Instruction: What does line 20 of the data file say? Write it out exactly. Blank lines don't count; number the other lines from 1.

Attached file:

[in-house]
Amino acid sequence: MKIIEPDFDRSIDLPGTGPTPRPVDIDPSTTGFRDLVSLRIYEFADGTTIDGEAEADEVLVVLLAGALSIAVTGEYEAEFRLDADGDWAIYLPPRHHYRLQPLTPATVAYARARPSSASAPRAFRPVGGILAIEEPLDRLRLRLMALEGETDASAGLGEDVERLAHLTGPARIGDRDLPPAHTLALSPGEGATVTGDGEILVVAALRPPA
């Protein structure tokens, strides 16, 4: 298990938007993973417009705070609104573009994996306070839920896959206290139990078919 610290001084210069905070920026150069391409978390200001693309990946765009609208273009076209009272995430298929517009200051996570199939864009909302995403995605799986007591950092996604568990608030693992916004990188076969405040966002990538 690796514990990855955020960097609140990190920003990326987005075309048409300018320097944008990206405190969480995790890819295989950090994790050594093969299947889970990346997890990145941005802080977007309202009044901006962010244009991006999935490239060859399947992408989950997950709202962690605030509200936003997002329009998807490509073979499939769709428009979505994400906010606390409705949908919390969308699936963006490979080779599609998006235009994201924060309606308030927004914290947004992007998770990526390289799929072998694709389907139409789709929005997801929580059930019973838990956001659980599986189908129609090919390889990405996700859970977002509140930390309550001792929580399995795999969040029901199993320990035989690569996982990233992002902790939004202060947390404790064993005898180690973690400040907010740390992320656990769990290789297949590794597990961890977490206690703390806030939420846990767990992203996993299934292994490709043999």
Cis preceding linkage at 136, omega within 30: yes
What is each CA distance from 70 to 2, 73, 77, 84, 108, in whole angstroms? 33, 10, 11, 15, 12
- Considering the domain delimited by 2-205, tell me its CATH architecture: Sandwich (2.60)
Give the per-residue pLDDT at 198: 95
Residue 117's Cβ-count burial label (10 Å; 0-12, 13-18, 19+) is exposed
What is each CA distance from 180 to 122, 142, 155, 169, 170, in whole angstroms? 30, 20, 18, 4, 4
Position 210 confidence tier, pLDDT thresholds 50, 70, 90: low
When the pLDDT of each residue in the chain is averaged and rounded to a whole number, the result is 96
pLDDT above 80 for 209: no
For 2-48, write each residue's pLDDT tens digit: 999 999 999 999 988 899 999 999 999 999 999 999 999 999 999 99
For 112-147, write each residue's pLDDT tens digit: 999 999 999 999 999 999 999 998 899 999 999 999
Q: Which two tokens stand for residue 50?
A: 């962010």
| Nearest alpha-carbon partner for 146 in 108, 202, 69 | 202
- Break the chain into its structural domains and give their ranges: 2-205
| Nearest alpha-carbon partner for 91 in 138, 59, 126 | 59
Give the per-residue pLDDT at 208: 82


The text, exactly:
Give the per-residue pLDDT at 208: 82